Biography courtesy of Wikipedia
Scott Harrison (born 19 August 1977) is a Scottish professional boxer who held the WBO featherweight title twice between 2002 and 2005. At regional level, he held the Commonwealth featherweight title from 2000 to 2002 and the British featherweight title in 2001. As an amateur, he won a bronze medal in the featherweight division at the 1996 European Championships.
Harrison has a record of 8-1-1 (5 by KO) in world title fights. He also has a record of 6-1-0 (2 by KO) against former world champions.
In March 1995 Harrison won the Scottish ABA Championship in Coatbridge, Scotland. He defeated Alston Buchanan 24–9 in the final to claim the title.
Harrison won gold at the 1995 European Junior Championships in Siofok, Hungary. He defeated Thomas Papp, Attila Jonas and Yohan Zaoui before beating Russian Ivan Goriunov 11–5 in the final to claim the gold medal.
At the 1996 European Championships in Vejle, Denmark, he won bronze by beating Toni Naskovski in the first round, János Nagy, and Evgeniy Shestakov to reach the semi-final against Russian southpaw favourite and eventual gold medal winner Ramaz Paliani, to whom he lost 1–7.
Harrison won his first professional bout on 7 October 1996, when he knocked out Eddie Sica in round 2 at Lewisham Theatre in London. In January 2000, in his eleventh fight, Harrison picked up the Commonwealth featherweight title by beating Patrick Mullings by unanimous decision. He became the first Scottish boxer to win the Commonwealth featherweight title since Evan Armstrong in 1974.
After capturing the Commonwealth title Harrison faced two former world champions.
In April 2000 Harrison made his US debut. He faced former two-weight champion Tracy Harris Patterson at Madison Square Garden on the undercard of Lennox Lewis vs. Michael Grant. Harrison dominated the fight, winning by unanimous decision, with the judges scoring the contest 97–93, 98-92 and 99–91.
Three months later Harrison defeated former IBF featherweight champion Tom Johnson at London Arena. He dominated the fight, retaining his IBO Inter-Continental Featherweight Title on his way to a unanimous decision, 117–113, 119–111, 119–109, on the judges’ cards.
Harrison rounded the year off with the first defence of his Commonwealth title. He stopped Eric Odumase by TKO in round 12 of the contest at Waterfront Hall in Belfast.
In March 2001, Harrison added the vacant British title to his Commonwealth Featherweight title with a win against Liverpool’s Richie Wenton at Ponds Forge in Sheffield. Harrison put Wenton down in the first round but it wasn’t until the fourth round referee Dave Parris stopped the fight after continued pressure from Harrison. After the fight Harrison said “It was my sweetest win”.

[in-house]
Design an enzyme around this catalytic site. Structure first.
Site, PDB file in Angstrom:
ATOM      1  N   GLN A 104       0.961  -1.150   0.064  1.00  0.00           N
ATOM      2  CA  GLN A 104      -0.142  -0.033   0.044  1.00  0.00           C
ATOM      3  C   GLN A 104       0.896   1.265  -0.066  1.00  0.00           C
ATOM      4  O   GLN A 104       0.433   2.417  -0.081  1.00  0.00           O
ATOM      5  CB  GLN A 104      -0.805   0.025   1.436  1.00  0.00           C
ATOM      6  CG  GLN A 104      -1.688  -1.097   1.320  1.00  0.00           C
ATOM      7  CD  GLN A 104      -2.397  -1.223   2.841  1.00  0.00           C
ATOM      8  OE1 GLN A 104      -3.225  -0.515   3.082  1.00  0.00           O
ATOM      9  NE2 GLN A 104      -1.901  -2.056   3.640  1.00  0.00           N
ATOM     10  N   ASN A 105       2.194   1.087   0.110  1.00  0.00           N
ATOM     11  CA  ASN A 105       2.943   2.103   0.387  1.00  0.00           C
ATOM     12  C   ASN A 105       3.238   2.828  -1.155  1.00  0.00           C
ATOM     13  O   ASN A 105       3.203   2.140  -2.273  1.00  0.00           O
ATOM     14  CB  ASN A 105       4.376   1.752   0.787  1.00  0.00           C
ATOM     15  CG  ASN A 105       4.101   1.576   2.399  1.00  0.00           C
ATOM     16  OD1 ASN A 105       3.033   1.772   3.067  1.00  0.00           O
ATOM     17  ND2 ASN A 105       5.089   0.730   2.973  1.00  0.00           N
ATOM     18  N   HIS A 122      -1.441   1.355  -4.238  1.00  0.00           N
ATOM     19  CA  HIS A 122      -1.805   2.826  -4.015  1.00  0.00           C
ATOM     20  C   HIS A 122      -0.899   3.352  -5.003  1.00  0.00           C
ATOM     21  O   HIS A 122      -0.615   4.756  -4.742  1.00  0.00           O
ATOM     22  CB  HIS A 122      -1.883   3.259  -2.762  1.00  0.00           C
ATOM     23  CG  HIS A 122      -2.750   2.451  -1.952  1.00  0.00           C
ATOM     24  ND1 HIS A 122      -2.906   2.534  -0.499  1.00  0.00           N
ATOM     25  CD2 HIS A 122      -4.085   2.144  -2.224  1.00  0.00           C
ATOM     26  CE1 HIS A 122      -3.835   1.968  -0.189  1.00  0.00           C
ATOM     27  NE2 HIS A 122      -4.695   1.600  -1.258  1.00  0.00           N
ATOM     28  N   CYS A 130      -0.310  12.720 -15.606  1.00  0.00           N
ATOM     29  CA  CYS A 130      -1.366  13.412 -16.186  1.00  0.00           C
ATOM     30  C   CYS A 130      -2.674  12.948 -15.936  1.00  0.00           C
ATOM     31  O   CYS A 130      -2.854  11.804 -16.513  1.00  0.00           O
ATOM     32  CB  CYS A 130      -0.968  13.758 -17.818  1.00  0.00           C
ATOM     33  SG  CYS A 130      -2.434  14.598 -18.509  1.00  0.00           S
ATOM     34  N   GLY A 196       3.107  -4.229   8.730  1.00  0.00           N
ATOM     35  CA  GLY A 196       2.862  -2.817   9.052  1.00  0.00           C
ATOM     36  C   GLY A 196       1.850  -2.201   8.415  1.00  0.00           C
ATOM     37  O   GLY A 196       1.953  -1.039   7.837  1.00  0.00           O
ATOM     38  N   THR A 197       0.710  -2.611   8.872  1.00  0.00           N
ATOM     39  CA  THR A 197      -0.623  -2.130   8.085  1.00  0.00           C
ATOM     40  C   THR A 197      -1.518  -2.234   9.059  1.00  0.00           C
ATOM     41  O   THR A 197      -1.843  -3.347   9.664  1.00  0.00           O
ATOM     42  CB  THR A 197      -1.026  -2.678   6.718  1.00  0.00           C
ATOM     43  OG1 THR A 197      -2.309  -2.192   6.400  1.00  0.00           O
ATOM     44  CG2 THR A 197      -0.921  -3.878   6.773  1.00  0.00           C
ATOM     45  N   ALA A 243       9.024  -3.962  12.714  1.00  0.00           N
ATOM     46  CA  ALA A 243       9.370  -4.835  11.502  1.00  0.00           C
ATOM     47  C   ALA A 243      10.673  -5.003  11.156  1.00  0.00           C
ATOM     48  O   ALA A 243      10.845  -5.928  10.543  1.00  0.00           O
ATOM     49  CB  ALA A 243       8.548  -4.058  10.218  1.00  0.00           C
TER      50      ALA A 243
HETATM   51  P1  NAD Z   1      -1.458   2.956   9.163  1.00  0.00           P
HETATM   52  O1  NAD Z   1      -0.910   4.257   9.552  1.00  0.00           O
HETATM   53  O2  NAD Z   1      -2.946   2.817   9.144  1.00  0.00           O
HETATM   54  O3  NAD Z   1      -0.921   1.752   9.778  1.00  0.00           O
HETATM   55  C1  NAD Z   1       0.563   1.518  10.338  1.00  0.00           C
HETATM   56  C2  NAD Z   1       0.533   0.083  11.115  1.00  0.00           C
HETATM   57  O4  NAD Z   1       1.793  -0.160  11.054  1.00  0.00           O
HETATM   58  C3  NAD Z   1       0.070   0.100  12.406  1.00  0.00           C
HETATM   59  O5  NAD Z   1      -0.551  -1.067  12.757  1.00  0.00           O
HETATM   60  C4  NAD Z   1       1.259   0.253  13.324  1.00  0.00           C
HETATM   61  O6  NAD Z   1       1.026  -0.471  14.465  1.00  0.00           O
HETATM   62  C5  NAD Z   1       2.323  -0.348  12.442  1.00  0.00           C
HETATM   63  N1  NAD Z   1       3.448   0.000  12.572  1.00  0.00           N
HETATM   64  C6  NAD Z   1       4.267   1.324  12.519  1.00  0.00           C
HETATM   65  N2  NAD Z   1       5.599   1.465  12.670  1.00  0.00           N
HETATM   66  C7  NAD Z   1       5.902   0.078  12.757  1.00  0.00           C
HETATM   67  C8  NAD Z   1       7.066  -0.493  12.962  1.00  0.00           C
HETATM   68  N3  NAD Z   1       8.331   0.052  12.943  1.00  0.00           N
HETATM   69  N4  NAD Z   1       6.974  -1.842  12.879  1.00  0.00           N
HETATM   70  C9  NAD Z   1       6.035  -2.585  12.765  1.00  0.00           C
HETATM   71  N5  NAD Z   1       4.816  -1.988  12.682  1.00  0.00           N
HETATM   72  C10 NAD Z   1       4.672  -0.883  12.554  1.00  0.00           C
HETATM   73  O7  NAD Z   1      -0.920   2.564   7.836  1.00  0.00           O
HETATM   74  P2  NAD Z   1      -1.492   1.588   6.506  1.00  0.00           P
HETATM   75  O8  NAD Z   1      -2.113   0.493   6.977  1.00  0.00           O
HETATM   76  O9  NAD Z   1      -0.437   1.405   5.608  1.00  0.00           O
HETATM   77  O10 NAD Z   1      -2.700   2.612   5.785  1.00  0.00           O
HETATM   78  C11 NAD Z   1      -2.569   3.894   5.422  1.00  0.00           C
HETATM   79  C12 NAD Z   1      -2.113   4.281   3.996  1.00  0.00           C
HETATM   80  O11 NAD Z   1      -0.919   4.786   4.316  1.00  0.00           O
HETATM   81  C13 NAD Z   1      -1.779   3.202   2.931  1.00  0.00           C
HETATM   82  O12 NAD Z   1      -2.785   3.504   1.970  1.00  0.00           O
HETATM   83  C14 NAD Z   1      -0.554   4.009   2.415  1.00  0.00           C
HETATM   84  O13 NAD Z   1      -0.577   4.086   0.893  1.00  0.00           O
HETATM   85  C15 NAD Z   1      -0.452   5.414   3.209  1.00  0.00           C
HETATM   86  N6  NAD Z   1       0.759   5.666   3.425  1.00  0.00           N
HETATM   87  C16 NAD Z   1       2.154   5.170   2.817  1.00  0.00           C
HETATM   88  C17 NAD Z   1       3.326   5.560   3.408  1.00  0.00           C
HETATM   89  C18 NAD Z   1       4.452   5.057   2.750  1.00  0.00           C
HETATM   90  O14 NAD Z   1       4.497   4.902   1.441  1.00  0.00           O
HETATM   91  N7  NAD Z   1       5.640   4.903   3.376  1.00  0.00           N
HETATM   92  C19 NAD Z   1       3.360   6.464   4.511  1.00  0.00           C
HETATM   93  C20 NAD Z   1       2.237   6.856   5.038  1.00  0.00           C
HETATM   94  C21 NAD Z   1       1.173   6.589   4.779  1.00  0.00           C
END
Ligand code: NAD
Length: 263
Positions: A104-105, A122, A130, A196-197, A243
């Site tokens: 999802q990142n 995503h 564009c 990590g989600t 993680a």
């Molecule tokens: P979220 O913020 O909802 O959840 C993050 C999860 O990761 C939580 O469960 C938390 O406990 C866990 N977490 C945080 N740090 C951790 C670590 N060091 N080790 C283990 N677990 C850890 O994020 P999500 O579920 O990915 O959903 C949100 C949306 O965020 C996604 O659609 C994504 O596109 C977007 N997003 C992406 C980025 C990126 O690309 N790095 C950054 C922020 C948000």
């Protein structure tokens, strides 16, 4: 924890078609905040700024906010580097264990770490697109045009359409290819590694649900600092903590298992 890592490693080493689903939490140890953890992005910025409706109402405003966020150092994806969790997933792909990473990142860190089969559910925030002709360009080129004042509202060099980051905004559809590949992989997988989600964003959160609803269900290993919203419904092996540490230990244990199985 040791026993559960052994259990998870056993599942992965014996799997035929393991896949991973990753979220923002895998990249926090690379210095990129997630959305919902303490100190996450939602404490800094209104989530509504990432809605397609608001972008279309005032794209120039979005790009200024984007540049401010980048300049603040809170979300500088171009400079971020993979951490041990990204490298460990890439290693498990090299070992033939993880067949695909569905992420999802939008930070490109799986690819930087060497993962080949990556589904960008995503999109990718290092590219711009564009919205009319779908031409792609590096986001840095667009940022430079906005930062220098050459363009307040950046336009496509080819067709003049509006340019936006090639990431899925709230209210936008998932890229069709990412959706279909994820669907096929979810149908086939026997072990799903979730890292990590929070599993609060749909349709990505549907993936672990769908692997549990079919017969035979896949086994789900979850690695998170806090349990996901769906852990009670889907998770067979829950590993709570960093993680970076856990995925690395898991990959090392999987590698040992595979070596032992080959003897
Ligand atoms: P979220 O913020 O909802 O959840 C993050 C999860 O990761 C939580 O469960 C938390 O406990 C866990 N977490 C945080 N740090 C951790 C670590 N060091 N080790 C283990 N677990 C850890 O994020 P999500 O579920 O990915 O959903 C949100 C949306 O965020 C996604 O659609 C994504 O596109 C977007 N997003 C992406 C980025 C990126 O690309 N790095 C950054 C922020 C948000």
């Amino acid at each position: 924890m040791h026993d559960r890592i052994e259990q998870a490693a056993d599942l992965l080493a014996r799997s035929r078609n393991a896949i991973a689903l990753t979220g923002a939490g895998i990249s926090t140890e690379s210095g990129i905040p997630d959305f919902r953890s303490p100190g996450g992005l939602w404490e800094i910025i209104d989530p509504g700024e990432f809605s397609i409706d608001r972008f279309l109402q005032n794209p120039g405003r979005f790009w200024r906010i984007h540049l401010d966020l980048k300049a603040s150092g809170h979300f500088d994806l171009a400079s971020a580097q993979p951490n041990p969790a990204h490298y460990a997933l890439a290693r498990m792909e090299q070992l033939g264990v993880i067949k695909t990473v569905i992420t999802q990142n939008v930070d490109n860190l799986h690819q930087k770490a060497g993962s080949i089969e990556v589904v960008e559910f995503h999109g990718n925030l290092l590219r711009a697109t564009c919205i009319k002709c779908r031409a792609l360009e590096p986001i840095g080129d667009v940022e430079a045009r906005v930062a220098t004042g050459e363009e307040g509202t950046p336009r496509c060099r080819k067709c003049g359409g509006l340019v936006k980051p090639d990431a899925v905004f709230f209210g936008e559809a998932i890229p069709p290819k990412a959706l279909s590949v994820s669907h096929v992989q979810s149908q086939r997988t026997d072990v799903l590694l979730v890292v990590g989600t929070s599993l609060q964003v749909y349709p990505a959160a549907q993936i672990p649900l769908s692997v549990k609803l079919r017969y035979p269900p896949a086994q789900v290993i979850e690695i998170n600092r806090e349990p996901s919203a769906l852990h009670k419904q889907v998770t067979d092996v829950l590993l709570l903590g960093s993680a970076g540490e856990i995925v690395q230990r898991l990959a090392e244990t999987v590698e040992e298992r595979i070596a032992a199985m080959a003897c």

Harrison made the first defence of his British title six months later against former title holder Gary Thornhill at the M.E.N. Arena in Manchester. Harrison dropped his opponent with a left hook to the body and the contest was halted after 31 seconds of round five.
Harrison made the final defence of his British title in November 2001 against former WBO featherweight champion Steve Robinson. Harrison was in control for the duration of the fight with referee Richie Davies stopping the fight only nine seconds of the round three remaining.
At the end of 2001, Harrison was voted Young Boxer of the Year by the Professional Boxing Association and the Boxing Writers’ Club.
Harrison became WBO featherweight champion in 2002, defeating former Olympic bronze medalist Julio Pablo Chacon with a unanimous points decision at Breahead Arena in Glasgow by scores of 117–111, 117-112 and 117–111. With Harrison’s win, he became Scotland’s eighth world champion.
After picking up the world title for the first time Harrison ended the year, The Ring’s #8-ranked featherweight in the world.
Harrison made his first world title defence against Wayne McCullough in March 2003 at Braehead Arena. Harrison comprehensively outpointed McCullough winning on the judges’ scorecards 119–109, 119-108 and 120–108. After the fight McCullough said Harrison was the strongest boxer he had faced.
In July 2003, he lost the title to the Mexican Manuel Medina but regained it in November of that year.
British & Irish Boxing Authority
In September 2018 it was announced Harrison had been granted a licence from the British & Irish Boxing Authority (BIBA) with the intention to return to the ring before the end of 2018.
Harrison later signed a promotional deal with Lee McAllister’s Assassin Boxing Promotions & Management. A fight was scheduled to take place on 8 December 2018, at the Glasgow Club Bellahouston in Glasgow against Ghana’s Tackie Annan but the bout was postponed after Annan suffered an injury.
Harrison was then scheduled to appear on the undercard of Nigel Benn’s proposed comeback fight against Sakio Bika in November 2019, but Harrison pulled out of the fight citing “unprofessional” behaviour from Benn’s team.
On 17 May 2020, Harrison confirmed he would return to professional boxing after a seven-year absence with a fight against Orkney based PBC International Champion Paul Peers. The closed-door contest took place in Aberdeen on 18 July 2020 and was broadcast live on FITE TV. Harrison won the bout with a third-round stoppage. Harrison floored his rival with a body shot prompting Peers’ corner to throw in the towel.
Full Fight – Scott Harrison vs Paul Peers 18th July 2020